Japan is developing a transforming Robotic Ball robot that will detect the moon, and it is clearly influenced by its tech industry. According to Byte, the Japan Aerospace Exploration Agency (JAXA) has developed a ball-shaped transforming robot ball with Sony, Doshisha University, and toymaker Tommy that will study lunar soil before the crew rover arrives in 2029.
The 8.8oz bot will be housed in a compact ball that will help private robotics company Spacespace carry the robot on its lunar lander. The camera will be pointed at the lunar surface in an “all-in” configuration as soon as it is on the surface. According to JAXA, the new features will also ensure the robot’s usefulness in future missions.
It is not entirely surprising that these contributions have been made. Tommy and Doshisha helped make the design smaller, while Sony (who knows a lot about rolling robots) provided the control technology.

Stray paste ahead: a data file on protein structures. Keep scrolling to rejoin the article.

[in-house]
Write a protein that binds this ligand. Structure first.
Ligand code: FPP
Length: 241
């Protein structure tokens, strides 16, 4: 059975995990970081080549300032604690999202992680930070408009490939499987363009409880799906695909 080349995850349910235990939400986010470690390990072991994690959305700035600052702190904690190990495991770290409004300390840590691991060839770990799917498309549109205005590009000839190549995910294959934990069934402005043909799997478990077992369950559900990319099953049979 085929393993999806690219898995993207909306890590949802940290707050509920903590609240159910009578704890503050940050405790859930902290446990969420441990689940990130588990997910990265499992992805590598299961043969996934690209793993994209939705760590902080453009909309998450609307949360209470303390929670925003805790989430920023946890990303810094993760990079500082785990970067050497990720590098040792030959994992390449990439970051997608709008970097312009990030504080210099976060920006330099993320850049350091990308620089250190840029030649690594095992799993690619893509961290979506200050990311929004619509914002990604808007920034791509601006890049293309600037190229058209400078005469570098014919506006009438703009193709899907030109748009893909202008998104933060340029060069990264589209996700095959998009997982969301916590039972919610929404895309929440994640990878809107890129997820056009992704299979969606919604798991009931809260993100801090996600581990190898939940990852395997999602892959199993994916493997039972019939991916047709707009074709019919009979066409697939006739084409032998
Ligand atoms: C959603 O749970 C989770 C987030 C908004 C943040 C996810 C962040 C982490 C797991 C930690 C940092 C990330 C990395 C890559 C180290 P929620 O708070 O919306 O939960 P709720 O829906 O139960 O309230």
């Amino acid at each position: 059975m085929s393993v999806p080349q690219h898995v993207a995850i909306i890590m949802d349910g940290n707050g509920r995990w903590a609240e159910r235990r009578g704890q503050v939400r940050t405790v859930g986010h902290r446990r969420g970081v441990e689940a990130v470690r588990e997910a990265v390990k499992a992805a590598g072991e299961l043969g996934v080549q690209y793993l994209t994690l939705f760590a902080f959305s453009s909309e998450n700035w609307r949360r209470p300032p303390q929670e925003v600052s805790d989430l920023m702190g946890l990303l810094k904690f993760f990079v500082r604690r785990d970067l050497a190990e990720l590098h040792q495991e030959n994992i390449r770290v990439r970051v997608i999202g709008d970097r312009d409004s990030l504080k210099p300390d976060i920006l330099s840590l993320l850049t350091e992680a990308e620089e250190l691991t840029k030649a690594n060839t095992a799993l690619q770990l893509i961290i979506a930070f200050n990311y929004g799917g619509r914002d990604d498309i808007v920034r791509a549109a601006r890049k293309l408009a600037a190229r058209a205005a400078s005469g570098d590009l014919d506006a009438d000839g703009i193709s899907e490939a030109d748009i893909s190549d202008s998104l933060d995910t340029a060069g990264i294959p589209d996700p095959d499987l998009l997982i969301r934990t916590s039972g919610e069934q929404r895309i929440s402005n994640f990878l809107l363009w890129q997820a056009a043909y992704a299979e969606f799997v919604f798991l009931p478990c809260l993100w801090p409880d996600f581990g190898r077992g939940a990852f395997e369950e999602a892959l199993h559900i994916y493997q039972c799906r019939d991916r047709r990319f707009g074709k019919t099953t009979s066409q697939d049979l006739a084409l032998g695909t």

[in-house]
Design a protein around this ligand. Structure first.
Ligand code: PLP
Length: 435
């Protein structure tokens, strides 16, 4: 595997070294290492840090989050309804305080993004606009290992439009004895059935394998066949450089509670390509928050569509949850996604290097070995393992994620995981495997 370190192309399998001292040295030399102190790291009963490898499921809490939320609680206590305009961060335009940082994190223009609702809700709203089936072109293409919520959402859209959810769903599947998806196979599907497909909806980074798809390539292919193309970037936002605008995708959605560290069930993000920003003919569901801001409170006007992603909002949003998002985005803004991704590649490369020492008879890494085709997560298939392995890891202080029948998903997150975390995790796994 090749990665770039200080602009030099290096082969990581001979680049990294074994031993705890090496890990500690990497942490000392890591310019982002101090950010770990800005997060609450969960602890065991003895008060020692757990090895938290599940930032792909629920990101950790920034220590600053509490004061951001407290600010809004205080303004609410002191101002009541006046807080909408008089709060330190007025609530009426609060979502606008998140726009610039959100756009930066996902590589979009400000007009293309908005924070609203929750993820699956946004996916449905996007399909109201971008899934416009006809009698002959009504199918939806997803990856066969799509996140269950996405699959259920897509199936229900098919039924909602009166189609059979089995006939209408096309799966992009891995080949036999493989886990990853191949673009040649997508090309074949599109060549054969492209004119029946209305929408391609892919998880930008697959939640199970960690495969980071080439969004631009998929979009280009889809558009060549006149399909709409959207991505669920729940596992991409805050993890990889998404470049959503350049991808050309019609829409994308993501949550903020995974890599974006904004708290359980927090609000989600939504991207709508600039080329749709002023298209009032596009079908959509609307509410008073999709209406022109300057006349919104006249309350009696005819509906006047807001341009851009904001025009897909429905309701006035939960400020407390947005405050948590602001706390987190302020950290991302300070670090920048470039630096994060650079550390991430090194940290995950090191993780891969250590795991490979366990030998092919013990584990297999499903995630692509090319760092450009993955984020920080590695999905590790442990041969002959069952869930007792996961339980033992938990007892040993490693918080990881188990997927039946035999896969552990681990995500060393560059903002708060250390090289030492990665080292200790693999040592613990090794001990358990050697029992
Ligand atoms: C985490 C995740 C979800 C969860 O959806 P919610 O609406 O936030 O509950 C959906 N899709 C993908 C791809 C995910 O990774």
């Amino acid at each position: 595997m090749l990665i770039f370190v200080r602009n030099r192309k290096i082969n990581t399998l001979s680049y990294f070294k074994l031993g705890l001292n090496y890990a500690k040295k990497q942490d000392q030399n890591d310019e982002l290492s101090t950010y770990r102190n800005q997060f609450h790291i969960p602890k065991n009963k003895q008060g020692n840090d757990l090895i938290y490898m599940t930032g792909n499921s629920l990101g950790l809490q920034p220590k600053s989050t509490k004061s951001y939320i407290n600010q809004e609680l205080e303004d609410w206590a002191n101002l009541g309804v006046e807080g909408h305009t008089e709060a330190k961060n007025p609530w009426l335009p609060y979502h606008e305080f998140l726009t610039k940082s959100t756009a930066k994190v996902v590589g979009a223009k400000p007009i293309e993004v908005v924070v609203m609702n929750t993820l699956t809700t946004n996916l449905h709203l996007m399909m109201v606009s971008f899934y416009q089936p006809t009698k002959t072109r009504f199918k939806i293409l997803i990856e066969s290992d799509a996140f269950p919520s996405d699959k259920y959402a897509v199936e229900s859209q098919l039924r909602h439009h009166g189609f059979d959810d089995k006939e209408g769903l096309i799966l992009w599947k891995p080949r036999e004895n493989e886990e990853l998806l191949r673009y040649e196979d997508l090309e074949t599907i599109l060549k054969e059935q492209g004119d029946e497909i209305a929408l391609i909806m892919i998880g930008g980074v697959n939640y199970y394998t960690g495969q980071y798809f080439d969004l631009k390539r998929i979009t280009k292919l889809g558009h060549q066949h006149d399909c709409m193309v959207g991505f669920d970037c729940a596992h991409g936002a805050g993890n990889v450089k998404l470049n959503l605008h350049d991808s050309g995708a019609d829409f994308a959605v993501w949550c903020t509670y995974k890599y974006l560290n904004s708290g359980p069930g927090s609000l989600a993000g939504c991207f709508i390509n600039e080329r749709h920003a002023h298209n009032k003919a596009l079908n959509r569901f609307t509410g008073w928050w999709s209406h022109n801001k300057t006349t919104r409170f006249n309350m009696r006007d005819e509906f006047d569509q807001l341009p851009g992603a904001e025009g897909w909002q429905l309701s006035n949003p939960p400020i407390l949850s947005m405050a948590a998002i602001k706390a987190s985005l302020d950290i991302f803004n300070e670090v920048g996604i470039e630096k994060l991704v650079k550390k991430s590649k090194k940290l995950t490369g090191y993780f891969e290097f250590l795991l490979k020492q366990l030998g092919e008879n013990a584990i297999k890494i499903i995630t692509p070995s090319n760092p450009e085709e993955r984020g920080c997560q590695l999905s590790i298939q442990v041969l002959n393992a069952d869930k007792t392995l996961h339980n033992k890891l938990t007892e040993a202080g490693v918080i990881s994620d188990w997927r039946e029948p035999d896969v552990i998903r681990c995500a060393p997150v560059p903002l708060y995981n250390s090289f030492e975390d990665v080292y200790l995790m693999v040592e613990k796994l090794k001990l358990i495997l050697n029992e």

The first study of the transforming Robotic Ball robot was in 2016, but the effort was mainly strengthened with the entry of Sony in 2019 and Doshisha in 2021.
ISpace plans to launch its transforming Robotic Ball robot and lander in 2022. Space exploration robots are unlikely to be common, but this project suggests how sizing designs may allow landers to work with previously impractical robots or reduce the size of the host vehicle.